I'm sure as hell not a psych-anything, but I will note a 12 y.o. girl with a chance to run -28 is seriously driven. So that has to be factored in. I can't guess whether she just has a giant desire to ski more buoys (like most of us) and hasn't learned how to handle this drive yet, or whether there is something more problematic going on. But I definitely think it's a big factor in the story that she is skiing that well.

    Almost related: Some of the things I've enjoyed the most in my life, viewed from a neutral perspective, might not look like I was having any fun at all. Frustration and failure ultimately drive me, and I can't get the sense of accomplishment that is so damn fun unless it's really hard to get there! There's only a handful of sports where the basic design is "go until you fail." And yet my top two that I've enjoyed the most both fall into this category: slalom and high jump.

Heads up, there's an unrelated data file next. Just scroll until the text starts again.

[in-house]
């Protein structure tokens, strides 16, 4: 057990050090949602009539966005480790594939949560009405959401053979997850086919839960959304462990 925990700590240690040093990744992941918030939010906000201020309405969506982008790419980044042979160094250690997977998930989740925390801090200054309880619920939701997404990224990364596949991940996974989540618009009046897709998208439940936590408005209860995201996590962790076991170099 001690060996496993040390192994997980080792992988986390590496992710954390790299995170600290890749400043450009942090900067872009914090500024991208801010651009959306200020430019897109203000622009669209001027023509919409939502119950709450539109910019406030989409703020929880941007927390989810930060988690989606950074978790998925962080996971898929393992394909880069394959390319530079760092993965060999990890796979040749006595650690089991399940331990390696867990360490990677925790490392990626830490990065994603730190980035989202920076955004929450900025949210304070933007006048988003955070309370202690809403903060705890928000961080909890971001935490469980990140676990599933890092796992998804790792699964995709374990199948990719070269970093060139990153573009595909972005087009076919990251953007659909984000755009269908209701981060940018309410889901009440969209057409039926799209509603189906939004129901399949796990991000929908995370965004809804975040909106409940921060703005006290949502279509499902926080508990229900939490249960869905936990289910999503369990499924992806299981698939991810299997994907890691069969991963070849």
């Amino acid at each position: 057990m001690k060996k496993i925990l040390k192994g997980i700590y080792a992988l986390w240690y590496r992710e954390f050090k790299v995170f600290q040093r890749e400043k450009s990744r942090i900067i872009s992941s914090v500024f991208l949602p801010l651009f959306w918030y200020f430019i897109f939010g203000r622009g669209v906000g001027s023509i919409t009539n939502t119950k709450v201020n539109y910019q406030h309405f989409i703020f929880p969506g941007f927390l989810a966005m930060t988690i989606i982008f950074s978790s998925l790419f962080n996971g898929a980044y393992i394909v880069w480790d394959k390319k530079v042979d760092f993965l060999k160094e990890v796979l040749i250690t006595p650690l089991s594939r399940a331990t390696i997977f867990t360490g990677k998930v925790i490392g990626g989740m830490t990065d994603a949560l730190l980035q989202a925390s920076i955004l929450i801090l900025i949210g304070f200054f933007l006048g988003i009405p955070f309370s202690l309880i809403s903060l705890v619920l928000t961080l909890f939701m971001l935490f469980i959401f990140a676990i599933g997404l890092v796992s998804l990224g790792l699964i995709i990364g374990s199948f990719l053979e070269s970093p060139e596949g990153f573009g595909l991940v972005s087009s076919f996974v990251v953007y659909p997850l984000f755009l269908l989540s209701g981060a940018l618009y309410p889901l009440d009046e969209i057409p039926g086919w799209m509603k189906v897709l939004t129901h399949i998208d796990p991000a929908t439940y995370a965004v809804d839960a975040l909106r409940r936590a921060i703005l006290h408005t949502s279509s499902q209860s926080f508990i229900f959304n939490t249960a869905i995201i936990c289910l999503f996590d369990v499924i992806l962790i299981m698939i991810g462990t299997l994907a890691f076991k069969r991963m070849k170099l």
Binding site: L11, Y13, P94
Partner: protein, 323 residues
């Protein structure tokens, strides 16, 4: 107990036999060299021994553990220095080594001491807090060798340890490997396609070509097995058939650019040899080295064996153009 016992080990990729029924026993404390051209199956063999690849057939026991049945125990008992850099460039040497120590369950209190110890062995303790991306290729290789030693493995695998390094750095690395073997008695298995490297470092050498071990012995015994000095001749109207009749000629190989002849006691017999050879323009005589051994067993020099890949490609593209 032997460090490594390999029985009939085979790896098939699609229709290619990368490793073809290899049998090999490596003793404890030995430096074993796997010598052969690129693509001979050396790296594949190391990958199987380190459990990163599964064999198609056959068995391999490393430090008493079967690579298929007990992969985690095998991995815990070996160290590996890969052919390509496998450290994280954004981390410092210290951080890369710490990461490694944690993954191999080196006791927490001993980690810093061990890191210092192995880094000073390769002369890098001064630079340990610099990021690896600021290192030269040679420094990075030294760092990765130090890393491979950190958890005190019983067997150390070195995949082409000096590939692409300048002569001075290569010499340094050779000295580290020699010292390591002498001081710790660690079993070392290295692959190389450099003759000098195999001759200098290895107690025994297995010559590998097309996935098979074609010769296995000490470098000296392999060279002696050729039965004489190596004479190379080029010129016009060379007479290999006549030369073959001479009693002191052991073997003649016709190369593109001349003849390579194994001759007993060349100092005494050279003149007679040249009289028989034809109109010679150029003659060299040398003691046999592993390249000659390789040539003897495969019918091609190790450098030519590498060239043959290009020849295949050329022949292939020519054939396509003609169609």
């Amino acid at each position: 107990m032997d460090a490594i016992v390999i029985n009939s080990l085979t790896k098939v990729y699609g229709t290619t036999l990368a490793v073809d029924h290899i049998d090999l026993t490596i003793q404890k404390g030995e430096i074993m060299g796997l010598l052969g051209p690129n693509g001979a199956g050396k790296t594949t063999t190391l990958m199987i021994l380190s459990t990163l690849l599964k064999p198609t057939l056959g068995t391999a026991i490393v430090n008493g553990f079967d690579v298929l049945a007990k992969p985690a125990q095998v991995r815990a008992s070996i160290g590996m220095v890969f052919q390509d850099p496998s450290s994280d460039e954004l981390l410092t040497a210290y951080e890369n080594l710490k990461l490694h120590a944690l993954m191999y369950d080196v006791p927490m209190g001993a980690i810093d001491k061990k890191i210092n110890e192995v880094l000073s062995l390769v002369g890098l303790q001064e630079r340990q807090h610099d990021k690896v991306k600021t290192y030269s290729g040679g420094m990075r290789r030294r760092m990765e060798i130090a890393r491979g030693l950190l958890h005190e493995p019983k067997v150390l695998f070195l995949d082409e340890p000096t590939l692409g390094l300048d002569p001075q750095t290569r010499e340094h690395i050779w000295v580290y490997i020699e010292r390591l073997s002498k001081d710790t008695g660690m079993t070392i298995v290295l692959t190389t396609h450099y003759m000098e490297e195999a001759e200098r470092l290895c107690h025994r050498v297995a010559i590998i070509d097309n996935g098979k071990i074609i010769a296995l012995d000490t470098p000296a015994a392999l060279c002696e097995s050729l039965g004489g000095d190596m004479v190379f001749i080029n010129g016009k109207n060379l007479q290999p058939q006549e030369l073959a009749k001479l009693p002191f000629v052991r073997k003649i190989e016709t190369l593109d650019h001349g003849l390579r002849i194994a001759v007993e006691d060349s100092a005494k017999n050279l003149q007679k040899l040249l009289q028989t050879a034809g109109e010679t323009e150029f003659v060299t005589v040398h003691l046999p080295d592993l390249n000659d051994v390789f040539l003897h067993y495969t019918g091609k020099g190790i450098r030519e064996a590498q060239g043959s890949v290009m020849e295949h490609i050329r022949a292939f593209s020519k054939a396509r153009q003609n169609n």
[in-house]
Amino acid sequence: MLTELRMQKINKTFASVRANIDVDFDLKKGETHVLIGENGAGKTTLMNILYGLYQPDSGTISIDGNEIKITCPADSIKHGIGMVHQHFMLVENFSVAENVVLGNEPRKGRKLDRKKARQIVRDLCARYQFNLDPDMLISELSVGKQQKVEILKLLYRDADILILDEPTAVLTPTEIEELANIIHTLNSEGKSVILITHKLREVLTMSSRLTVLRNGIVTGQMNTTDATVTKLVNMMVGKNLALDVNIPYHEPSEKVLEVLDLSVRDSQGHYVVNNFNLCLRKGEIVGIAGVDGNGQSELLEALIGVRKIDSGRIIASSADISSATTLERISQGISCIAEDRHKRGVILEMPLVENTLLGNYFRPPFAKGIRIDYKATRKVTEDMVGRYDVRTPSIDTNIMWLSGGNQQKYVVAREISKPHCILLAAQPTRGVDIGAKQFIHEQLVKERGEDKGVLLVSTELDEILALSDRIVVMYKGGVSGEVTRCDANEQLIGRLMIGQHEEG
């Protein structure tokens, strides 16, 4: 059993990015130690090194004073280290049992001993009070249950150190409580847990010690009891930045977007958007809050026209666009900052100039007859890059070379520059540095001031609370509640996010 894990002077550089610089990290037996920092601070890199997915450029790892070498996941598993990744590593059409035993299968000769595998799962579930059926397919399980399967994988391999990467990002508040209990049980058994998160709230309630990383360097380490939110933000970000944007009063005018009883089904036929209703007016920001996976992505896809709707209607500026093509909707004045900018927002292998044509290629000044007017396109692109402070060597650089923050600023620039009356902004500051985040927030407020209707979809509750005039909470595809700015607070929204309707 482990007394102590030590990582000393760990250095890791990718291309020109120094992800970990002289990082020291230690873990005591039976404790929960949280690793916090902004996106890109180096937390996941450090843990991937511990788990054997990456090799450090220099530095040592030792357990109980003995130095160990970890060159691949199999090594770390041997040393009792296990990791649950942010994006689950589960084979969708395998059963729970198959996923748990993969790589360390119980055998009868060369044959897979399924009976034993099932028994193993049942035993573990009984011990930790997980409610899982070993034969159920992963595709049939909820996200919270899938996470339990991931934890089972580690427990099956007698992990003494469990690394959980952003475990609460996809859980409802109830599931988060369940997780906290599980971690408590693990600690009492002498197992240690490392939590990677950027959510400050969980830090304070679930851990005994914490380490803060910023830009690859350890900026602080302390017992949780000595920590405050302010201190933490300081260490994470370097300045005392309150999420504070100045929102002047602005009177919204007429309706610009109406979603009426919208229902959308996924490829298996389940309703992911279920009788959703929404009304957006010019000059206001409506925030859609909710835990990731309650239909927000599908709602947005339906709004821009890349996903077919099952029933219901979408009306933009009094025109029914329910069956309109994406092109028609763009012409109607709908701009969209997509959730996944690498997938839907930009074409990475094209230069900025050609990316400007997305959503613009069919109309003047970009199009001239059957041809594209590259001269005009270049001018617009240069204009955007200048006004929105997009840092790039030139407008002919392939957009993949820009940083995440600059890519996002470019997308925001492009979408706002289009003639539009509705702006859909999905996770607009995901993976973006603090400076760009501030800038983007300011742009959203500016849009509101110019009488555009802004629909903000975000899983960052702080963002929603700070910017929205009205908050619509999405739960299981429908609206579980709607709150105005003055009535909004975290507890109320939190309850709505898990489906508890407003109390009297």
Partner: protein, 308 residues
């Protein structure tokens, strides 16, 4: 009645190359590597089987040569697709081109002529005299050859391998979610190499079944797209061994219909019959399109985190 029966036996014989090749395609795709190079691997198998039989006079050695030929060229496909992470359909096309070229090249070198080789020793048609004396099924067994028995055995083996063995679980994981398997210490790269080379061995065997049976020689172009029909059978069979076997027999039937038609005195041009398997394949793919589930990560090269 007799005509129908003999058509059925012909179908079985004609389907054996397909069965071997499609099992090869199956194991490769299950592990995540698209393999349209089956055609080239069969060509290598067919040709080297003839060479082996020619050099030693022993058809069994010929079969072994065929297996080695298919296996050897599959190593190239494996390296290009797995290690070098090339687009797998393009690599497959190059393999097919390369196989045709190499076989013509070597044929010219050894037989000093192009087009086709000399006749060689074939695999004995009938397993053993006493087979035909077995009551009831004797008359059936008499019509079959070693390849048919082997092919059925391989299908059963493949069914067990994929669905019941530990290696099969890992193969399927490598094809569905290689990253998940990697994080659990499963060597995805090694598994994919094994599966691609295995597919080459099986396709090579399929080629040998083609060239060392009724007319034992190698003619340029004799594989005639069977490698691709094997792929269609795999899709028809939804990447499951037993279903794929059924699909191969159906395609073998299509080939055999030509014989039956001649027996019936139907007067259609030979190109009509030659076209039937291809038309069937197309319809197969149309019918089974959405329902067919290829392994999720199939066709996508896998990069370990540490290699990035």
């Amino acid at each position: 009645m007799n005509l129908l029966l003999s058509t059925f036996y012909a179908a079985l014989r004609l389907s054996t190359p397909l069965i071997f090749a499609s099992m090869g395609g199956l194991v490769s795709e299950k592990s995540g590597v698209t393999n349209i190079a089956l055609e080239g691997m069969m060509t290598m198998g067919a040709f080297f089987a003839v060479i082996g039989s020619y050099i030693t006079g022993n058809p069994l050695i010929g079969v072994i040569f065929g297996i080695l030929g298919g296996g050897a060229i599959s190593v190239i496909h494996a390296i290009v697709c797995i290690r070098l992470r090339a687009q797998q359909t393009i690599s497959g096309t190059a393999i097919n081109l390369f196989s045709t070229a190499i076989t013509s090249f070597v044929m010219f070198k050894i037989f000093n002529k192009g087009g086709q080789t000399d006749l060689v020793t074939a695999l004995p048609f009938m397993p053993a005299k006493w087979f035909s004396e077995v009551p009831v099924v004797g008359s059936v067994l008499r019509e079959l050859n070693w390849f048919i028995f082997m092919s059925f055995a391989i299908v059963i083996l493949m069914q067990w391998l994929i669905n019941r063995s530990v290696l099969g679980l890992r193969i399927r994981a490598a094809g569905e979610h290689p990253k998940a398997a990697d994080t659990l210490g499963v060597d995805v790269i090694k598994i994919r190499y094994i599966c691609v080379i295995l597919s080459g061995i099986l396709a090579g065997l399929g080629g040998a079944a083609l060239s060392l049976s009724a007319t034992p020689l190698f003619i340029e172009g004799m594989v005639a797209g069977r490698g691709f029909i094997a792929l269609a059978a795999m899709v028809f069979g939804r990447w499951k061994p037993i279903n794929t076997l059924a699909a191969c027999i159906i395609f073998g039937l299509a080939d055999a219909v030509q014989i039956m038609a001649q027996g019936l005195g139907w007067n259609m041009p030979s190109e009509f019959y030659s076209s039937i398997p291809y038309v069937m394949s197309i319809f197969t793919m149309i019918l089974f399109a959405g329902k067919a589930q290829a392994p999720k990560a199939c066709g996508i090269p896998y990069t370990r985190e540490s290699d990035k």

Plus, if anybody ever saw me playing pinball, you'd be pretty convinced that I absolutely hated the game. I came real close to being kicked out of an arcade in the MIT basement a couple of times, actually -- as best I recall the only times I've been near to being kicked out of anything! But that heated relationship with the game was an awesome change of pace that then allowed me to resume my studies from a refreshed mind-frame. Oh, and I graduated as the Grand Champion of Terminator 2 (highest score anybody achieved in the 5 years I was there).
    Nathaniel Bogan -- GUT Padawan
  • Chef23Chef23 Posts: 5,621 Mega Baller
    @ktm300 first of all your daughter is a great little skier. For me with my son the big key was to emphasize that the world doesn't end with a bad tournament round to try and take some of the nerves away. The other key is to have her ski tournaments to get more comfortable doing it.

    For my son skiing other events helps. My son missed his opening pass at his first regionals (and his first Nationals) but he also tricks and jumps so he had other chances to get on the water and have good results.